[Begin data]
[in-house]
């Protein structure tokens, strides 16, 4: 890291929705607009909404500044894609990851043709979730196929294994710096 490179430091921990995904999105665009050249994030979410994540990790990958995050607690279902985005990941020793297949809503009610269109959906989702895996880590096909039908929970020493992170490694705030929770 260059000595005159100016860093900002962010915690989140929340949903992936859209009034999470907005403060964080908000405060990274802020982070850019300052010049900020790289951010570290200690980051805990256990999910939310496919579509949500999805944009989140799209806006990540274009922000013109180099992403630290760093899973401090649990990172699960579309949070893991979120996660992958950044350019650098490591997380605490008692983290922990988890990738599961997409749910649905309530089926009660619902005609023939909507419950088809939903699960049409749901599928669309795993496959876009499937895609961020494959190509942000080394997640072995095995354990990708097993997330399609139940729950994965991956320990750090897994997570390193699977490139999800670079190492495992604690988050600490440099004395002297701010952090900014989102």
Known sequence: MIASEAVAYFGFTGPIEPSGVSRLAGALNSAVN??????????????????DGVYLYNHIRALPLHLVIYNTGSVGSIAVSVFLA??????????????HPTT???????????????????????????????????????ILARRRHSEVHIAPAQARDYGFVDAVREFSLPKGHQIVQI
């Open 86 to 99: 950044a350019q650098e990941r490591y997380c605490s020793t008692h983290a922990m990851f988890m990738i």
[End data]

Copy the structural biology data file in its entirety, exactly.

[in-house]
């Protein structure tokens, strides 16, 4: 890291929705607009909404500044894609990851043709979730196929294994710096 490179430091921990995904999105665009050249994030979410994540990790990958995050607690279902985005990941020793297949809503009610269109959906989702895996880590096909039908929970020493992170490694705030929770 260059000595005159100016860093900002962010915690989140929340949903992936859209009034999470907005403060964080908000405060990274802020982070850019300052010049900020790289951010570290200690980051805990256990999910939310496919579509949500999805944009989140799209806006990540274009922000013109180099992403630290760093899973401090649990990172699960579309949070893991979120996660992958950044350019650098490591997380605490008692983290922990988890990738599961997409749910649905309530089926009660619902005609023939909507419950088809939903699960049409749901599928669309795993496959876009499937895609961020494959190509942000080394997640072995095995354990990708097993997330399609139940729950994965991956320990750090897994997570390193699977490139999800670079190492495992604690988050600490440099004395002297701010952090900014989102």
Known sequence: MIASEAVAYFGFTGPIEPSGVSRLAGALNSAVN??????????????????DGVYLYNHIRALPLHLVIYNTGSVGSIAVSVFLA??????????????HPTT???????????????????????????????????????ILARRRHSEVHIAPAQARDYGFVDAVREFSLPKGHQIVQI
């Open 86 to 99: 950044a350019q650098e990941r490591y997380c605490s020793t008692h983290a922990m990851f988890m990738i």